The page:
Consider his policy in eastern Ukraine. It is important to remember that in the Crimean War (1853-1856) Russia fought the combined forces of Britain, France, and the Ottoman Empire in an attempt to recapture that same territory. They took a licking in the process which had huge impact on internal Russian politics. They managed to get that territory back in the years of the Soviet empire, but lost it again when the USSR broke into pieces. The view from Moscow is that eastern Ukraine is a vital national interest as it provides an essential Black Sea port. The right and wrong of it as we Westerners see it is very unlike the view from where Putin sits.

In Western eyes Putin sometimes looks like a thug, but that does not mean that his policies are mindless thuggery. Ordinary moral scruples and the rule of law, at least as we understand them, are not highly valued in the Russian system of government. Unless something dramatic occurs before the end of his rule he is likely to be seen by history as a modernizing and moderating force in a long transition. It's important to remember this when attempting to anticipate action that Putin might undertake in the economic world.

So in practical terms what does this mean to an investor? It is usually good advice in investing to cast a cold eye and pay little attention to politics. In emerging market investing, however, a little thought about government policies and their risks is a good idea. This is especially true of Russia. If there is an action which will serve his own or Russia's interests, Putin will certainly take that action.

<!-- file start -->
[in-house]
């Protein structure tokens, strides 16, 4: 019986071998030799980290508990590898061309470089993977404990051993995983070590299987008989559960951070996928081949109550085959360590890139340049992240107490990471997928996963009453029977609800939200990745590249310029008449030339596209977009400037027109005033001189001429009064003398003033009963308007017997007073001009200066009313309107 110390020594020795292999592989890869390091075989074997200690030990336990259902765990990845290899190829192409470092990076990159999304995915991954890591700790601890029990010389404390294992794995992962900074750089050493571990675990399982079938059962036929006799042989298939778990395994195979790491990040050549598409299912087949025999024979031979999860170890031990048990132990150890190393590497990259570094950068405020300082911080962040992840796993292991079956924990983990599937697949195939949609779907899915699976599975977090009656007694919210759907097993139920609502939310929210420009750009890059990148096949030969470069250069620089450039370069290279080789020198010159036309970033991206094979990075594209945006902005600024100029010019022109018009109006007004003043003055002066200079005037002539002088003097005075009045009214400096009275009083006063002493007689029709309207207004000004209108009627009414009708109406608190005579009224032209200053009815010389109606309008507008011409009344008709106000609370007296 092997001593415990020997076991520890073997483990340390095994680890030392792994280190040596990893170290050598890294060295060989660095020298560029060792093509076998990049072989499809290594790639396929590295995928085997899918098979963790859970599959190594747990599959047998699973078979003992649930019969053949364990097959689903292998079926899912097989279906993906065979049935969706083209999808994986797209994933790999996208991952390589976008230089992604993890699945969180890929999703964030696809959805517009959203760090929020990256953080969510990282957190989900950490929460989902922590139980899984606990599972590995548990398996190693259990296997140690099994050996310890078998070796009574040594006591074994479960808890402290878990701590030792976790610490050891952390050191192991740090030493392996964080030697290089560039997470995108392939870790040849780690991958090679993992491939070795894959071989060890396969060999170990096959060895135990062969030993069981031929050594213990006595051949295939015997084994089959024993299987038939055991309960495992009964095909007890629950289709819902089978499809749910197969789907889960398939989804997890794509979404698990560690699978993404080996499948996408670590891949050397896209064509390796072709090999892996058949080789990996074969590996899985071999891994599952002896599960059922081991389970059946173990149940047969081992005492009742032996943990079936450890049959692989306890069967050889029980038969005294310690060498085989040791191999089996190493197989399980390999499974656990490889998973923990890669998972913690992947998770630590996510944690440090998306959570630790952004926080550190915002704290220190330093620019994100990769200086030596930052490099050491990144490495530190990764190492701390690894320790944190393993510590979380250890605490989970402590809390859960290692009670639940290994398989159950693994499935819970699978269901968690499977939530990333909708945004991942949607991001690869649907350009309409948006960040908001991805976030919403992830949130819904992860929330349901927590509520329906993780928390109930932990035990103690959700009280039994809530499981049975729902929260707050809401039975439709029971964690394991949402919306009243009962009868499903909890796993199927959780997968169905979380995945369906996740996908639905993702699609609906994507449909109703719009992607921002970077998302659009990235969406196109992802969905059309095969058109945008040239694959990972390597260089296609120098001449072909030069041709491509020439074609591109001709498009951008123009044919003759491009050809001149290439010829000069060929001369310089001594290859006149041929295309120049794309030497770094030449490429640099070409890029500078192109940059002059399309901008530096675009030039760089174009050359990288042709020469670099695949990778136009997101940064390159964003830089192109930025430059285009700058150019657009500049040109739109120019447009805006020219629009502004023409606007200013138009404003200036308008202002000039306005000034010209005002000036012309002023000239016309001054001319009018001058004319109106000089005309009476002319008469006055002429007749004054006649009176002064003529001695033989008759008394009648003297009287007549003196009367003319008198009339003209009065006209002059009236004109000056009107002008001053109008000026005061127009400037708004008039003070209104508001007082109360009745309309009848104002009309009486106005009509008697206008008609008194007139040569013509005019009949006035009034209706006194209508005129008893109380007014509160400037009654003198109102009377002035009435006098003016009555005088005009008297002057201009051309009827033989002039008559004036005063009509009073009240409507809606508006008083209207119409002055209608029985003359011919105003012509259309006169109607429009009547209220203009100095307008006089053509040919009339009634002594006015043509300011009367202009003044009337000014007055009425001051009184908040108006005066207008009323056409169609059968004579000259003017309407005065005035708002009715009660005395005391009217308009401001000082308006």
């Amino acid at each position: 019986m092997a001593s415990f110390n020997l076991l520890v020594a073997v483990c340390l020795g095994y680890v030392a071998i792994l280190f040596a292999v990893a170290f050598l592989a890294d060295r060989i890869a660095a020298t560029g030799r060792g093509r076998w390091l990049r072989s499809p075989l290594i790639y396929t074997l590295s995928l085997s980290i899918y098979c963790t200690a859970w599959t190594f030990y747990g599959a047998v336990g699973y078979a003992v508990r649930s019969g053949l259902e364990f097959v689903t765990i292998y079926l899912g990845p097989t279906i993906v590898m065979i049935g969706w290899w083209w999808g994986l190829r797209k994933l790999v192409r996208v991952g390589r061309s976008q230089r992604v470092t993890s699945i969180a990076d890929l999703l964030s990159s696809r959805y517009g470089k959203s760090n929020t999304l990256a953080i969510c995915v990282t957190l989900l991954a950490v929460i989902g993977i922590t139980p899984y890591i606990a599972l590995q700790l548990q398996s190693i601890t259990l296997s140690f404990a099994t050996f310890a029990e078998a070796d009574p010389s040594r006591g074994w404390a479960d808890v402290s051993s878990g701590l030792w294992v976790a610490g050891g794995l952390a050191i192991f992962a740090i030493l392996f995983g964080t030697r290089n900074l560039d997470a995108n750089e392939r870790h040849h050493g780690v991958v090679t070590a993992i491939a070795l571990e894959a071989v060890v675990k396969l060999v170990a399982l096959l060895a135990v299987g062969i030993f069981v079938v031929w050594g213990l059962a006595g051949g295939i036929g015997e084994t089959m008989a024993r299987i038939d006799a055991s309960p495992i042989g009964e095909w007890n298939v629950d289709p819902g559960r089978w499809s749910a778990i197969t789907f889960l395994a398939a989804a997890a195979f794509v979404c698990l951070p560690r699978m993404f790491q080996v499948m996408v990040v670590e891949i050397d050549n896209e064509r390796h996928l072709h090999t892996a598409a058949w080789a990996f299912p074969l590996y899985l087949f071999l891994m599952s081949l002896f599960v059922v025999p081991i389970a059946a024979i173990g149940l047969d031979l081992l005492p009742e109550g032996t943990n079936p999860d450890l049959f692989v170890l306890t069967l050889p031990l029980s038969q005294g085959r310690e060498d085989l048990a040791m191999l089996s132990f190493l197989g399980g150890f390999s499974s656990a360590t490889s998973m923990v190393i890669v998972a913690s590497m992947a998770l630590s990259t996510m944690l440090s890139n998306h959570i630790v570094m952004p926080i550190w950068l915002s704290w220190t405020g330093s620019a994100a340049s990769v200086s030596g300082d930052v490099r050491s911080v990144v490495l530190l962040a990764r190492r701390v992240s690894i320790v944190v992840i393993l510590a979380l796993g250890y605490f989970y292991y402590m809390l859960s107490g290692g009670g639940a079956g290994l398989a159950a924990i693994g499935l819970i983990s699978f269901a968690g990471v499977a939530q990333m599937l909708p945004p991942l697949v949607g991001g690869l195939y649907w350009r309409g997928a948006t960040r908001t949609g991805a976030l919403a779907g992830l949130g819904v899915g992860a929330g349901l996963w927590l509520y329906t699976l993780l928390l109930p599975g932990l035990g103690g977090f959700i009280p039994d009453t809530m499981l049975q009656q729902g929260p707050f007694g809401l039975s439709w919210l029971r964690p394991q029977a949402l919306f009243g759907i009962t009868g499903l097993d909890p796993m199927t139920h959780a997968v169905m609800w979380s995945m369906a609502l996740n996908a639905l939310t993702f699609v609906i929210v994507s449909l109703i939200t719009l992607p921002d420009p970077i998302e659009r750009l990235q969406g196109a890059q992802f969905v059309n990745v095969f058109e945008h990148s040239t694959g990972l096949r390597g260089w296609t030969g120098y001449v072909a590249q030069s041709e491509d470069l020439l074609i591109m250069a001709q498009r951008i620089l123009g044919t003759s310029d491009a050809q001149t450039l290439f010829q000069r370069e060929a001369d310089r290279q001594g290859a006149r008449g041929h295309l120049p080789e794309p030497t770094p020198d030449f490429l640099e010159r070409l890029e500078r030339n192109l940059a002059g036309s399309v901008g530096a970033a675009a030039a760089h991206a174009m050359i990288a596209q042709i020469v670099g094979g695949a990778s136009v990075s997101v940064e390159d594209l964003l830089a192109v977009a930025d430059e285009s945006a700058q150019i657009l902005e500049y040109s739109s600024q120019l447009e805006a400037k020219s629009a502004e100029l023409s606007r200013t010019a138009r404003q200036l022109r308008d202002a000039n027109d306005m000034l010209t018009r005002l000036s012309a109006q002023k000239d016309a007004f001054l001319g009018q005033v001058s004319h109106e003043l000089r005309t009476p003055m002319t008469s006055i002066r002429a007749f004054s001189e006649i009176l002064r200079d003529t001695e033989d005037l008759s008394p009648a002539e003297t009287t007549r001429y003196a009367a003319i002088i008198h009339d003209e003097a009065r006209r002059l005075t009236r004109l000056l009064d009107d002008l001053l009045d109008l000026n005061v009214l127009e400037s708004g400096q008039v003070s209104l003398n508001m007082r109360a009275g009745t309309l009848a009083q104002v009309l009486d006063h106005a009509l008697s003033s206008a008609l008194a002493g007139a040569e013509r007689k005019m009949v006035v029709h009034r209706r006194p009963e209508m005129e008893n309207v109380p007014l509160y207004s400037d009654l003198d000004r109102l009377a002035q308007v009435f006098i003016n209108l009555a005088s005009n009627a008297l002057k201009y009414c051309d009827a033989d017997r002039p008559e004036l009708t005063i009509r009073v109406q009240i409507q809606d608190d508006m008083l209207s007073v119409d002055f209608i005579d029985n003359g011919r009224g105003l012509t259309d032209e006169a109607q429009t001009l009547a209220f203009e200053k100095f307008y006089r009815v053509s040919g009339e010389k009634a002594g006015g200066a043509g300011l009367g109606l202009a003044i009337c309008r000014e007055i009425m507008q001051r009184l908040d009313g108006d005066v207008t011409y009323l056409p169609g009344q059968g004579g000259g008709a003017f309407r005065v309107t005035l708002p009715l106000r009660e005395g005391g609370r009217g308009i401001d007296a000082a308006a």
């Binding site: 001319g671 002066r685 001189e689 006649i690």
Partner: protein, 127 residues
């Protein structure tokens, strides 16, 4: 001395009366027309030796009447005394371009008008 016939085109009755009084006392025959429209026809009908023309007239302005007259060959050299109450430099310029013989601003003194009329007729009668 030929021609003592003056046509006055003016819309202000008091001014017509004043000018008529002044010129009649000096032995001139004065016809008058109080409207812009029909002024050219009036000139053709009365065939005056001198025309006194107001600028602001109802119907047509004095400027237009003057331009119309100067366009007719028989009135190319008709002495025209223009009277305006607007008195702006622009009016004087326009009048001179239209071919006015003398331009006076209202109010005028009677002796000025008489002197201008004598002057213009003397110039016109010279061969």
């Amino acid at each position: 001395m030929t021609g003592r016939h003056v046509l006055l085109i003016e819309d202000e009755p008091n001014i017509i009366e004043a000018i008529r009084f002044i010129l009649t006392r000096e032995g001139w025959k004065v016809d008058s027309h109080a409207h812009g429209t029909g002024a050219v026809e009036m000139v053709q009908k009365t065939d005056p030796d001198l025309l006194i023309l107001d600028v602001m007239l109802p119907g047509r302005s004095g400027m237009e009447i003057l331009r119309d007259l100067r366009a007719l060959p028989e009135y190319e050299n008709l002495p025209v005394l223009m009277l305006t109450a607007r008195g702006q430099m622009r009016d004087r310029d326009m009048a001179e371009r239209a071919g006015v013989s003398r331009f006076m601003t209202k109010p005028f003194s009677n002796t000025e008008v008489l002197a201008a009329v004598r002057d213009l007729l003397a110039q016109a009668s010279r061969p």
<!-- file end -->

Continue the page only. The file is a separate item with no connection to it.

Occasionally those actions may even redound to the investor's advantage. This January the Russian Ministry of Finance "suggested" that large state-controlled companies including Gazprom (OTCQX:GZPFY), increase their dividends to 50% of earnings. In response Gazprom recently increased its dividend by 60%, and will likely increase it again soon to reach the target. There are several possible reasons for this mandated dividend policy, including an effort to reign in management and a boost to state revenues, but it is also a boost to the dividend return of private owners of Gazprom shares.